Updates
Jul11

Update 11 July 2018

Here in Holland we have had great weather the last few weeks, and there have been several interesting announcements in the press. In this latest update on private healthcare in the Netherlands we cover:

  • Consolidation of Dutch dentistry sector continues, but sector is still very fragmented. Who will take the next steps in the expected consolidation?
  • Financing for long term psychiatric care in process of being moved back to central government. What does this mean for international companies interested in the Dutch disables sector?
  • Profitability up in Dutch elderly care sector. Is the improvement structural?
  • In our snapshot we give an overview of Kies Mondzorg, the largest privately-owned dentistry chain in the Dutch market.

Consolidation of Dutch dentistry sector continues

Tandarts.nl is an information site for the dentistry sector. In a recent report they highlight key results of an analysis of their more than 5.000 affiliated clinics. A key result is that the share of clinics that are part of a chain is growing but is still low. In 2014 4.7% of the locations were part of a chain. Currently this is 6.5% representing approximately 325 locations. 265 of these locations are part of the five biggest chains:

  • Curaeos / Dentconnect with 150 locations
  • DentalClinics with 81 locations
  • Kies Mondzorg with 14 clinics
  • Fresh Tandartsen with 12 locations
  • RDW Tandartsen with 8 locations

According to Tandarts.nl there are currently 18 organizations with more than four locations. This means that the remaining 13 chains have an average of 4.6 locations each.

There appears to be a large potential for further consolidation in this market. This consolidation will also be driven by many older dentists with solo practices retiring in the next few years. Who will lead the further consolidation of the Dutch dentistry sector?

Financing of psychiatric long-term care to be moved back to central government

One of the major changes in the extensive 2015 reform of the Dutch healthcare system was to move the responsibility and financing of long-term psychiatric care from the central government to the municipalities. For the sector this has lead to a number of extra challenges related to the level of fees paid and increased complexity in dealing with the individual demands and financing terms of the municipalities.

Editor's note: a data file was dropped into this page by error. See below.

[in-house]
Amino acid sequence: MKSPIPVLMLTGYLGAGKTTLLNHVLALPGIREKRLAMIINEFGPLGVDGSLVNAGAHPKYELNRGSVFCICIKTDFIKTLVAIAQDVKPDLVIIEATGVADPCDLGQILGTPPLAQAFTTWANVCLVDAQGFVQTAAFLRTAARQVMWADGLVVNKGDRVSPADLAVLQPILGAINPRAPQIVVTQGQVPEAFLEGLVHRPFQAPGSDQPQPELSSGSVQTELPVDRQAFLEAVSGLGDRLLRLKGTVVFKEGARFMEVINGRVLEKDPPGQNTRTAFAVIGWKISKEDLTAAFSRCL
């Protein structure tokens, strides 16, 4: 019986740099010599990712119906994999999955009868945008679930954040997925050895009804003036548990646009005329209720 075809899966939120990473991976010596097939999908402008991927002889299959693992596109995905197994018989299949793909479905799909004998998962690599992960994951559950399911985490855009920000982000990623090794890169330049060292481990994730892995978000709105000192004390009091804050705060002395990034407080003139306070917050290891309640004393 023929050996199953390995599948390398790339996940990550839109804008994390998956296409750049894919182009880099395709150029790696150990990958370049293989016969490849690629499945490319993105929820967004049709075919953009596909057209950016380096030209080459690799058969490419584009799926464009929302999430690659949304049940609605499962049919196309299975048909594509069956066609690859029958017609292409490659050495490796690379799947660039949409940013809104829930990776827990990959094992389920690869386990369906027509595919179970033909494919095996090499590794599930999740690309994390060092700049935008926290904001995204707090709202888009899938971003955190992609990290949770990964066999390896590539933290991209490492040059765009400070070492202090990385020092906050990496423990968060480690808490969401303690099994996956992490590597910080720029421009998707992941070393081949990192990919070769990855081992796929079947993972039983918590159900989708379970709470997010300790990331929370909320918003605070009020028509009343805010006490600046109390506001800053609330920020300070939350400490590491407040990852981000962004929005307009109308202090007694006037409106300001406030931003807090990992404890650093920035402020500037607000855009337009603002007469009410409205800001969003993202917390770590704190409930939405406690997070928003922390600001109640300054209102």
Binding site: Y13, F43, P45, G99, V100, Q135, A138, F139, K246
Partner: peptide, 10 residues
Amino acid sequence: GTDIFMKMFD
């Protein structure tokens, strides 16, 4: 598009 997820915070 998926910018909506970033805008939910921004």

A process is now underway to include long-term psychiatric care in the Wet Langdurig Zorg (WLZ) (The Law for long-term care) which is financed by the central government. Currently the process is focused on determining the scope and scale of psychiatric issues to be covered by the amended law, and the level of financing for each indication.

The new financing structure will be in place in 2021 and will be good news for international companies interested in the Dutch disabled care sector:

  • Simpler rules, regulations, and financing structures / tariffs as these will be determined nationally instead of individually per municipality
  • Easier access to client following financing either through the current system of personal budgets or through the ongoing move of all WLZ-financing to system where the money follows the client (see update of 26 June 2018 for more details)

 

Profitability up in Dutch elderly care sector

In their yearly analysis of the annual reports of companies in the Dutch elderly care sector Verstegen Accountants report that the sector made a profit of €285 million in 2017. This is compared to a loss of €71 million in 2016. In 2016 36% of the organizations in the sector made a loss. In 2017 only 17% of the organizations made a loss.

The improvement in profitability in the sector is caused by a few key factors:

  • No more extra one-off costs related to previous years as in 2016
  • Extra payments from the government totaling €435 million to increase quality in the sector

This improvement in profitability should be structural. The losses in 2015 were for a large part due to reorganizations related to the new financing structures resulting from the 2015 reforms. Losses in 2016 were for a large part due to one-off costs related to corrections for salary-related costs for previous years. Improved profits in 2017 were due to most organizations in the sector enjoying increased revenues (average of 2.2%) while keeping costs stable. Direct patient related costs showed a strong growth (5.2%) but this was balanced by decreased costs on other areas. Revenues for the sector will be structurally be increased by €2.2 billion in the coming years. While the increase in revenues is earmarked for enabling higher staffing-levels, it should also create opportunities for a further improvement of profitability.

Snapshot of a Dutch private sector healthcare operator: Kies Mondzorg

The two largest dental chains in the Dutch market are owned by private equity (Curaeos by EQT and Dentalclinics by Nordic Capital). The third company on the list, Kies Zorg, is owned by the entrepreneur who started it in 2001. Harrie op de Laak is a dentist who after starting his own practice started acquiring other locations.

Kies Mondzorg now consists of 14 locations in the southern part of the Netherlands (Limburg). The locations all offer a broad range of dental health related services. A few the locations are directly owned, while some are part of a franchising formula where the central organization offers services around IT, management, financing, etc. Kies Mondzorg also offers several services independently to other dentists. Kies Mondzorg is actively looking for new franchisees in towns with more than 30.000 inhabitants.